4.) The XFce panel
The most visible part of XFce is the panel. Here's where the application launchers, pager and all kinds of plugins reside. There's no single "Start Menu", so this may take some getting used to, especially if you're from the KDE/GNOME stable, or worse, a Windows refugee!
The buttons with the menus popping out of them are called, obviously, panel menus! The button itself launches one command from the menu, usually the most common of the lot. You can also have buttons without the menu attached. Just right-click on the button, and uncheck the "Attach menu to launcher" option.
On the panel, these menus are typically created category-wise. For example, you could have an "Internet" category, with the button itself launching Mozilla, and other entries being Firefox, Evolution, GAIM, among others. Another button could be the Multimedia category, with the default being XMMS and other entries being MPlayer, Rhythmbox and Totem. You'll figure out pretty quickly how to manipulate/customise these panel menus.
These menu settings are an XML-like file in /etc/XFce4/XFce4rc (for default settings) or in ~/.XFce4/XFce4rc. Hack away at will to auto-generate these menus, if you like!
Now for the plugins - these are what give XFce its power, and there are plenty of them! A lot of them have counterparts in KDE and GNOME. Describing them all here would be repeating the information on the XFce website. Point your browser to the XFce overview page, and navigate to the bottom of the page. They've put up a few screenshots of the plugins.
Here is a screenshot of my panel:
The leftmost three icons are panel menus. From left to right, they are - xterm (no menu attached), Internet (Firefox default app) and Multimedia (XMMS default app).
To the right of the separator, then, is the Notes plugin. These are sticky yellow windows to type in simple text notes - exactly like Post-It notes that pile up in dozens on most refrigerators!
After this is the graphical pager. The best part is, I can drag a window previewed in the pager (for instance, the GVim window in the leftmost workspace) in the picture above, to another workspace, and it'll actually move! The only other place where I've seen this kind of functionality is in Enlightenment.
The plugin after that is "Show/Hide All Windows", followed up by buttons for the Settings Manager, Logout and another panel menu I made for halt/reboot.
The green bar is the Volume control. You can increase/decrease the volume with your mouse's scroll wheel (another reason why I'm a huge fan of scroller mice!). The orange/yellow bars monitor network traffic - In/Out respectively. The Blue bar monitors System Load and displays the current uptime. This same plugin also monitors, if you enable it, memory and swap utilisation. To their right is a mini command-line, and the Date-and-Time plugin.
5.) Taskbar Replacement
Personally, I find the XFce taskbar too limiting. You can't right-click on a taskbar entry and choose "Close" or "Move to Workspace X". You can't add plugins to the taskbar. All you can do is change its height! Why not use the GNOME panel instead?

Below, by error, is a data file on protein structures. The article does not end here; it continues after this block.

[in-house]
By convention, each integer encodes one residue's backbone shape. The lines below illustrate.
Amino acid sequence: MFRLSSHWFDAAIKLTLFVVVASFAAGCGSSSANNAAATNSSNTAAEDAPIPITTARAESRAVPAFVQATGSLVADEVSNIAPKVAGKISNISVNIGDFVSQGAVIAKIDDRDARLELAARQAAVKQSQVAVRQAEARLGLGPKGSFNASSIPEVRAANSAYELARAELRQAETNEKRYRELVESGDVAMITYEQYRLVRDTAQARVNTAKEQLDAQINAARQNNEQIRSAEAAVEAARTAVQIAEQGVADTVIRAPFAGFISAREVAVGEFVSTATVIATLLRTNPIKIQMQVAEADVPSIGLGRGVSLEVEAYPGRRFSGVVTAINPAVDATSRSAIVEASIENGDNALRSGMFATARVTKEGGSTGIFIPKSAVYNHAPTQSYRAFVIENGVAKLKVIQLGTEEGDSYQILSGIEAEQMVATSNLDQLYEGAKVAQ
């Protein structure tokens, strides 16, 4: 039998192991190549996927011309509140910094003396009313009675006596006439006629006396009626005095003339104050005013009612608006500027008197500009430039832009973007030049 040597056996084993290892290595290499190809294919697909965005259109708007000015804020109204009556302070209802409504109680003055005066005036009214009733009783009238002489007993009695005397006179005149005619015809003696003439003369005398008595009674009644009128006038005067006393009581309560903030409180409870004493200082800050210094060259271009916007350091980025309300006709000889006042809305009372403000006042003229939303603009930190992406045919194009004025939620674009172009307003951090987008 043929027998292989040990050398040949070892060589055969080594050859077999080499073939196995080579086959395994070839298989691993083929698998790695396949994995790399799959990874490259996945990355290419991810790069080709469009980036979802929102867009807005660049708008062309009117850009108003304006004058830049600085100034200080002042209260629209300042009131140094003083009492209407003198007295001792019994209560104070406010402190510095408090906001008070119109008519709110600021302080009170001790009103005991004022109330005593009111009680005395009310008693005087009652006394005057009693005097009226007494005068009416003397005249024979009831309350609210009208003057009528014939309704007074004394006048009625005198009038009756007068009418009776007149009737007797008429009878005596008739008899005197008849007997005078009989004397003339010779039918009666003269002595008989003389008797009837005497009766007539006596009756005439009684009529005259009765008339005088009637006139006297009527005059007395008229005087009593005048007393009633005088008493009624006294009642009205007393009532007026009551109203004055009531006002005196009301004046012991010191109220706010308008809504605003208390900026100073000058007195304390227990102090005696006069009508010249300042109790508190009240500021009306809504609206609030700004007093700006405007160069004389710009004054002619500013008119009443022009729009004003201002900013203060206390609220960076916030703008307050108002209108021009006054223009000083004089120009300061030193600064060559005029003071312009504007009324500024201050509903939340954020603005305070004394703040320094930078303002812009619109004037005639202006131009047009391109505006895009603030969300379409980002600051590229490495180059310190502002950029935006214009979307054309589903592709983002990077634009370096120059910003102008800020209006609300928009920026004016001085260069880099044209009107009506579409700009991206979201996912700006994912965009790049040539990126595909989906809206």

I first saw this being implemented in a few screenshots on themedepot.org. The idea is simple - you don't need to be running a GNOME session to run the panel (just like you don't need to run a KDE session to use kicker, the KDE panel). I chose gnome-panel over kicker because GNOME uses the GTK2 libraries, just like XFce, so won't need to load its own graphical toolkit libraries. Besides, the panel will use the same GTK2 theme I use for XFce, so it'll blend in really well.
Using gnome-panel instead of the XFce taskbar is easy. In your local XFce startup script - ~/.XFce4/xinitrc, comment out the line which launches the taskbar, and add the line "gnome-panel &", so that the relevant part looks like:
Now, on my gnome-panel, I not only have a more functional takbar, but I've moved the clock onto the panel, along with the system tray. I also have a gnome start menu in the corner:
Neat! Ah, the sheer flexibility of UNIX!
6.) The Desktop and root menu
By default, right-clicking on the desktop brings up a 'Desktop Menu'. The structure of this menu is defined in another XML-like file: /etc/XFce4/menu.xml. This file is extensively commented, so modifying it is very easy. To personalise your desktop menu, copy this file into your ~/.XFce4/ directory, and have fun!
A middle-click on the desktop brings up a list of all opened windows ordered by workspace. It's also a quick way to add or delete a workspace.
Scrolling on the desktop cycles through workspaces! (So does scrolling on the graphical pager in the panel). This is by far the easiest way of moving between workspaces (I have between 4 and 8 workspaces, depending on what kind of projects I'm working on). Now I'm so addicted to this, I can't do without it.
For those of you who like lots of icons and documents on yout desktop, XFce might be a disappointment. By itself, XFce has no support for desktop icons. There are workarounds, however, in the form of dfm and iDesk.